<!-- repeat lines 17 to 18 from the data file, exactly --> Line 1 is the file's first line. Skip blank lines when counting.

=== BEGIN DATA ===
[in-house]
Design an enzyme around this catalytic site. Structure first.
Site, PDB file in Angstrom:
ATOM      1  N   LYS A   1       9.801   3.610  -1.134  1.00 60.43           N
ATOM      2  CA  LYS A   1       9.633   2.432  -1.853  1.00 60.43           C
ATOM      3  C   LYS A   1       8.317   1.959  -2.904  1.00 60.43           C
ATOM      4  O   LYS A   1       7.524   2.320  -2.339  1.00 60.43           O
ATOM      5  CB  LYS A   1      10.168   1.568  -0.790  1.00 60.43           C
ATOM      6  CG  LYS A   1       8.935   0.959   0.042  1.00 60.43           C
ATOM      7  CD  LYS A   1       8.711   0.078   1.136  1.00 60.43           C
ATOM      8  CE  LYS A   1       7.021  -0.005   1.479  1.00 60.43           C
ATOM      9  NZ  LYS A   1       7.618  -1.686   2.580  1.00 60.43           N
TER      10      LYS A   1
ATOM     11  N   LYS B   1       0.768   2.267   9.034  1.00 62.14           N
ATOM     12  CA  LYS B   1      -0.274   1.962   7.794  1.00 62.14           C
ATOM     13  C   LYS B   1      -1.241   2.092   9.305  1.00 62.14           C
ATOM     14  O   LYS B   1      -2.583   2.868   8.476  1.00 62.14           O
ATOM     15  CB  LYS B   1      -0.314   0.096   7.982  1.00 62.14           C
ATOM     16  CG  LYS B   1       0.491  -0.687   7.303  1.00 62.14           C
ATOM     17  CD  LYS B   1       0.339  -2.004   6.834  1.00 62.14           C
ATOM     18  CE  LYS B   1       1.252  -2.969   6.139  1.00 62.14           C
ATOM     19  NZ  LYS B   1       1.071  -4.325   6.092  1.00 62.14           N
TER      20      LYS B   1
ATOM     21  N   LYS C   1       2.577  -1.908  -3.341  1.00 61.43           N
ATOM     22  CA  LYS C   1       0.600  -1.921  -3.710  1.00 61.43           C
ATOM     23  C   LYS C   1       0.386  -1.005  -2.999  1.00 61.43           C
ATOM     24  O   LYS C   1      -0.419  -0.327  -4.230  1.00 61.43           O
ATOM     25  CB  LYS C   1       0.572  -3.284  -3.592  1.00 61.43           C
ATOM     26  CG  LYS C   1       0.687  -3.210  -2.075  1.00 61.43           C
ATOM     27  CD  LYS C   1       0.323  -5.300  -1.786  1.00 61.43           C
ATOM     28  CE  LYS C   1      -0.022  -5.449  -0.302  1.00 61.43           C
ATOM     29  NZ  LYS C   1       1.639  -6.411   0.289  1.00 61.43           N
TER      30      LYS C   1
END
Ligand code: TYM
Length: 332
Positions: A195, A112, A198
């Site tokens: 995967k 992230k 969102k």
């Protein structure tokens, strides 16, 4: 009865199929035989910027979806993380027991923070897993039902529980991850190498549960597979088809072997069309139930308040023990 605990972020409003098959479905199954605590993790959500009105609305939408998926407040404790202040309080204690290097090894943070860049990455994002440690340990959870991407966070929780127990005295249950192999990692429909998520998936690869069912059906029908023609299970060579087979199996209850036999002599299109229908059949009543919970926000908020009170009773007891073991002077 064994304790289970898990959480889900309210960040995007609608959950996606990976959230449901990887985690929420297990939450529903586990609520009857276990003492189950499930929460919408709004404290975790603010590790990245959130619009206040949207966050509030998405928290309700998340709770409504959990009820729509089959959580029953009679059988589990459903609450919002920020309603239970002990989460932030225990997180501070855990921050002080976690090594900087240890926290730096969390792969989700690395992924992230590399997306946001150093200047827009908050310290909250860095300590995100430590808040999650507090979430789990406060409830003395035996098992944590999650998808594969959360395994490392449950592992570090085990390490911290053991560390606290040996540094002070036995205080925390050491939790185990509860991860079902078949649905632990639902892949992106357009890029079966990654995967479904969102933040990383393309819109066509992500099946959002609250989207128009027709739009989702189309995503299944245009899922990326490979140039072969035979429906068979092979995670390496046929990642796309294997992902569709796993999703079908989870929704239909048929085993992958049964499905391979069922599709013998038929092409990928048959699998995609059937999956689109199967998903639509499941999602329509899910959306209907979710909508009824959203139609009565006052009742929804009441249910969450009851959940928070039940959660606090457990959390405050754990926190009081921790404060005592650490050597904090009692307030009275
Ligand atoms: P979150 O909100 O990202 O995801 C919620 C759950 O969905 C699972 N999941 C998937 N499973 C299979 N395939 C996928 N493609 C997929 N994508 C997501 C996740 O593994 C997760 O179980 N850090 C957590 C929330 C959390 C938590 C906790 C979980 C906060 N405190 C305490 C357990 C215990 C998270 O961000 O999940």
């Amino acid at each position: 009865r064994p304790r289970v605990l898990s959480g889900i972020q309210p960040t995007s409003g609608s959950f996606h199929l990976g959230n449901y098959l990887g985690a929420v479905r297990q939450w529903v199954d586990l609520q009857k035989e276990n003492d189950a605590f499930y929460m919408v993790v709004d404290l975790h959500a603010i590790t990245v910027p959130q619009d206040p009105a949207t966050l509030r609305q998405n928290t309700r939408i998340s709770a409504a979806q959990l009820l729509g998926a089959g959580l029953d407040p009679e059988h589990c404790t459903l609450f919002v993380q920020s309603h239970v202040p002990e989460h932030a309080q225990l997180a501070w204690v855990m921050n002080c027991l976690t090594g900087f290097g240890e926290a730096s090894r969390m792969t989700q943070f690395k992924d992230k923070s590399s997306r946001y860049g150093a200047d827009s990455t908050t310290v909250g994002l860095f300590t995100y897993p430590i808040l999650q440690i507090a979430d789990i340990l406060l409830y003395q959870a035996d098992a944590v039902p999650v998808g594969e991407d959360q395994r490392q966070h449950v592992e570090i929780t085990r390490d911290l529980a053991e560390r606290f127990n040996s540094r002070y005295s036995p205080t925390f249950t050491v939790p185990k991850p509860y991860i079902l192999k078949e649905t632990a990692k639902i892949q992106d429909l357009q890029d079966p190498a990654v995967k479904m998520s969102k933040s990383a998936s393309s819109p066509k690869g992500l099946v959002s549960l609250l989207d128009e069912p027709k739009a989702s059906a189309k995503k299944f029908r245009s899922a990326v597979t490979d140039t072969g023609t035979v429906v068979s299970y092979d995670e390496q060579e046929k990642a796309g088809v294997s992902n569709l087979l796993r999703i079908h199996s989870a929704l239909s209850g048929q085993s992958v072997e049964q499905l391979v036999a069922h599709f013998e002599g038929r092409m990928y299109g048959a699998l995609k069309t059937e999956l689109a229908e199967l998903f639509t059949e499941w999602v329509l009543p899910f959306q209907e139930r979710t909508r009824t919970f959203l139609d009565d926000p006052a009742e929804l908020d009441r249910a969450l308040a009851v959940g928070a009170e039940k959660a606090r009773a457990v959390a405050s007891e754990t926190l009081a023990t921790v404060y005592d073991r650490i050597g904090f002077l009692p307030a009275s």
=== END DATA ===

ATOM     14  O   LYS B   1      -2.583   2.868   8.476  1.00 62.14           O
ATOM     15  CB  LYS B   1      -0.314   0.096   7.982  1.00 62.14           C